But when you hear me say these kinds of things, you might say but this is a businessman talking like an activist, socialist, whatever. I have been an activist, why should I change. The fact that I am a businessmen does not mean I must stop caring about my country.
BR: There is a view that the Irish have presided over nearly 20 years of value destruction, asset stripping, which has made INMSA unable to compete. Essentially, INMSA has been gutted by cost cutting, lack of investment. How do you hope to turn this asset around?
A: The first point, being a businessman, capital dictates your strategy. Without capital you have no strategy, you continue to go on and survive. The way we have structured this transaction is that there will be a retention of surplus profit for the business to grow and for us to undertake a very aggressive growth strategy in various sectors, which I don’t want to outline too much. They are already scared of us and I don’t want to make them more scared.
The difference between this company – pre-Sekunjalo/post-Sekunjalo – is that it now has the capital base to be able to compete more effectively in the marketplace. To be frank, despite its restraints, management has done well, although with consequences. It has generated surplus profit, it’s not a loss, but with consequences… and the consequences have been at the expense of the growth of the company. That’s a reality. We have to face that reality.
BR: Are you at liberty to say how much of a capital injection you are talking about?
A: No. I am not giving our competitors any idea what we’re going to do. They are desperate to find out how much capital we have, and how much we are going to spend. Quite frankly, it’s none of their business. They will find out in the market place when we compete with them.
BR: What is the most immediate thing you plan to do with regards to staff? We have some of the country’s most talented journalists but they have been demoralised by the gutting of the company over the years.
A: I think the first thing that I have to do is to get to know the people. I have gotten to know some of the people in this process leading towards this investment. Now we have to get to know them better. It’s like a courtship. The best romance is when you know each other well. And the lasting romances are when you really understand each other’s strengths and weaknesses, and when you understand how you work well together. My entire life I have built coalitions and gotten the best out of people. I think we are going to go through that process.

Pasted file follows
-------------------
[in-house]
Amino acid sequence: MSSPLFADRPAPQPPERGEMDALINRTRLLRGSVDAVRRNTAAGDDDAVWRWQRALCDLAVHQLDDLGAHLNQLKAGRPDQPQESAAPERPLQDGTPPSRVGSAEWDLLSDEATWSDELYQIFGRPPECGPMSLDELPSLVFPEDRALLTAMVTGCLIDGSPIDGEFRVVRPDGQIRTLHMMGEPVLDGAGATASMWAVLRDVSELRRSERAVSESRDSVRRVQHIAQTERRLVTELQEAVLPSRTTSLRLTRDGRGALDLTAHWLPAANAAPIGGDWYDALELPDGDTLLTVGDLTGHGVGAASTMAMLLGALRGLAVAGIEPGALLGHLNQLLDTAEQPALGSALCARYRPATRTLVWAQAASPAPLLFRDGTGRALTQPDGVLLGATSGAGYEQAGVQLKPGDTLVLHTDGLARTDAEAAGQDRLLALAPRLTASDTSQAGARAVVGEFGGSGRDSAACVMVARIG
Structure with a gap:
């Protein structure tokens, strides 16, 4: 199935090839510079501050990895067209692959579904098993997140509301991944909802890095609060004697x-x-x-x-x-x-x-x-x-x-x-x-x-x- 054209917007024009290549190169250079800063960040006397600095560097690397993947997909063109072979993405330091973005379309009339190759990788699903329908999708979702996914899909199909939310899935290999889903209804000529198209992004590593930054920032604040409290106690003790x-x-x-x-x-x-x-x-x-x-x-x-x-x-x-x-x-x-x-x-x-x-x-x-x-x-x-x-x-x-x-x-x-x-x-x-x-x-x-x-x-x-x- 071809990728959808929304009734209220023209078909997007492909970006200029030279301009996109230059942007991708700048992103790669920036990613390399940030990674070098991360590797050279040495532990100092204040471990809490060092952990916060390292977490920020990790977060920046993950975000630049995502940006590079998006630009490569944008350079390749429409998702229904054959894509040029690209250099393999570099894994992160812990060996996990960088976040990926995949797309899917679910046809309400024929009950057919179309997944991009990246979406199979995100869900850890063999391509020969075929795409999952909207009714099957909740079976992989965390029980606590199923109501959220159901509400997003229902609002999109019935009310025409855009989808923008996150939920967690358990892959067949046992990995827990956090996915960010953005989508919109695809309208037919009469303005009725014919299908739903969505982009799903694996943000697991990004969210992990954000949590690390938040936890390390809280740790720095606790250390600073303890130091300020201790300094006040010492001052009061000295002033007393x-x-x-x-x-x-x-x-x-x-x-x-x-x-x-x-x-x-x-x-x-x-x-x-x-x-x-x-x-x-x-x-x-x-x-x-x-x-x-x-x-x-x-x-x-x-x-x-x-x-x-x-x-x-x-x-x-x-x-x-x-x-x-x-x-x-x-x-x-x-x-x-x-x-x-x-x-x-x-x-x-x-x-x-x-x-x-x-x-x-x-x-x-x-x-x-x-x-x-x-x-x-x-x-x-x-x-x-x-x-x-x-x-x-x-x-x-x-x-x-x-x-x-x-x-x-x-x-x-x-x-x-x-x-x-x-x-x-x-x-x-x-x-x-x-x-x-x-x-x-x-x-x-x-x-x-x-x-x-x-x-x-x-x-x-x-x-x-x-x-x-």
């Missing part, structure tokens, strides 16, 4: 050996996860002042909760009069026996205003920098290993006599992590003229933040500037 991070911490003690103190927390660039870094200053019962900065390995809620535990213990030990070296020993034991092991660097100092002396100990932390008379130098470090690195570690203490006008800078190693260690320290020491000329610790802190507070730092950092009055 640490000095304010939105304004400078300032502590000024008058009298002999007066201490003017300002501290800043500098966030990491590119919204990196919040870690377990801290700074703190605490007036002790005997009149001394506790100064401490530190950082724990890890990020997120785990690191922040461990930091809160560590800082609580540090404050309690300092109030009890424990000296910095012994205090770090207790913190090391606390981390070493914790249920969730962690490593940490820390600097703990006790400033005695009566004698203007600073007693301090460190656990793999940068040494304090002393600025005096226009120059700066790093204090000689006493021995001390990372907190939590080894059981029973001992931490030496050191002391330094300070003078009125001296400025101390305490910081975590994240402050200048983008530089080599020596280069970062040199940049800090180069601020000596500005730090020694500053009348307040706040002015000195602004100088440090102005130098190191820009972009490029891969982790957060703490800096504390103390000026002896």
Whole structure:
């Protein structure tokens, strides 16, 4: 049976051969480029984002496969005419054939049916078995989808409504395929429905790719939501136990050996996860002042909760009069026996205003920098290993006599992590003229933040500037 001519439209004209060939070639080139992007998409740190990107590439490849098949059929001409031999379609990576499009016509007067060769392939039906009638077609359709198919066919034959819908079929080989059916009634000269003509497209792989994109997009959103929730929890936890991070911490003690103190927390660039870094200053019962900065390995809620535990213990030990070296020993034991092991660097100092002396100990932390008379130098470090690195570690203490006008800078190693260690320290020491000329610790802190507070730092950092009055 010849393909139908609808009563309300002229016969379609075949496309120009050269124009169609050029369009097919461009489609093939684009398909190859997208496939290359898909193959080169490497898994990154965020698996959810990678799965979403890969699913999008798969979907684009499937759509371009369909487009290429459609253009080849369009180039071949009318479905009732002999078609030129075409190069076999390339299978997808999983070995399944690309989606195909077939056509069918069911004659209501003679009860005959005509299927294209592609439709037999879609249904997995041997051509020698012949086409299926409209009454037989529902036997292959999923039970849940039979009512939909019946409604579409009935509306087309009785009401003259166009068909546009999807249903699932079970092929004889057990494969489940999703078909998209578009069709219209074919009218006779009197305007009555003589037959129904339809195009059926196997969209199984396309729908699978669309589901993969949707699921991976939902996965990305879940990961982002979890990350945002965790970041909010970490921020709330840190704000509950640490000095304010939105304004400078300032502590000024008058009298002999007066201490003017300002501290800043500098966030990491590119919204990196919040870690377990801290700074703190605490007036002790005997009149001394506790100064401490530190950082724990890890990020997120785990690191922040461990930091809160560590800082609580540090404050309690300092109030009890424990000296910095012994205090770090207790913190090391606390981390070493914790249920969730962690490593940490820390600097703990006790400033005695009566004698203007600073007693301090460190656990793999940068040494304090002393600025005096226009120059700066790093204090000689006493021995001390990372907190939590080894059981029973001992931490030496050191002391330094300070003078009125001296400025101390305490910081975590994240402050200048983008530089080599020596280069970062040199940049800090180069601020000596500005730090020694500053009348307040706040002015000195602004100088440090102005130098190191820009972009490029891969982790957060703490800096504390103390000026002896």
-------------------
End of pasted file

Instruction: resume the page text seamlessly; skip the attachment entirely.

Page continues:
The second thing, the media world is changing and it’s important to understand how that change impacts on this business – where are the opportunities, where are the gaps and where are the places that we need to fill. Third, investing in technology is a critical component of the future strategy.
Fourth, investing in our own capacity building in whatever area that might be and that might be capacity in terms of hard assets, technology, people, skills development.
I think a cornerstone of what we need to do is have good journalism, create a future for journalists in this country and perhaps a journalism school could be a very important component of that. If I were an employee of Independent right now, you’re facing a fantastic opportunity to be part of a global network, a global strategy; you are given the creativity to think.
BR: How do you deal with the fact that the company has not done a good job communicating in the past, especially to staff?
A: What you have told me says to me as a medical doctor: the brain cannot function without the heart and neither can the heart function without the brain, but if the heart is able to influence the brain we will be able to put all those things right.
The metaphor of the heart is the soul of the company. The soul of the company needs to be reignited. We now have a situation for the first time where management can rediscover that soul and creativity. We must give ourselves time to communicate, to rediscover who we are and to be proud of who we are.
It’s history in the making. Feel the vibrancy. Feel the warmth. Feel the future.
* Follow Ellis on Twitter @Ellis_Mnyandu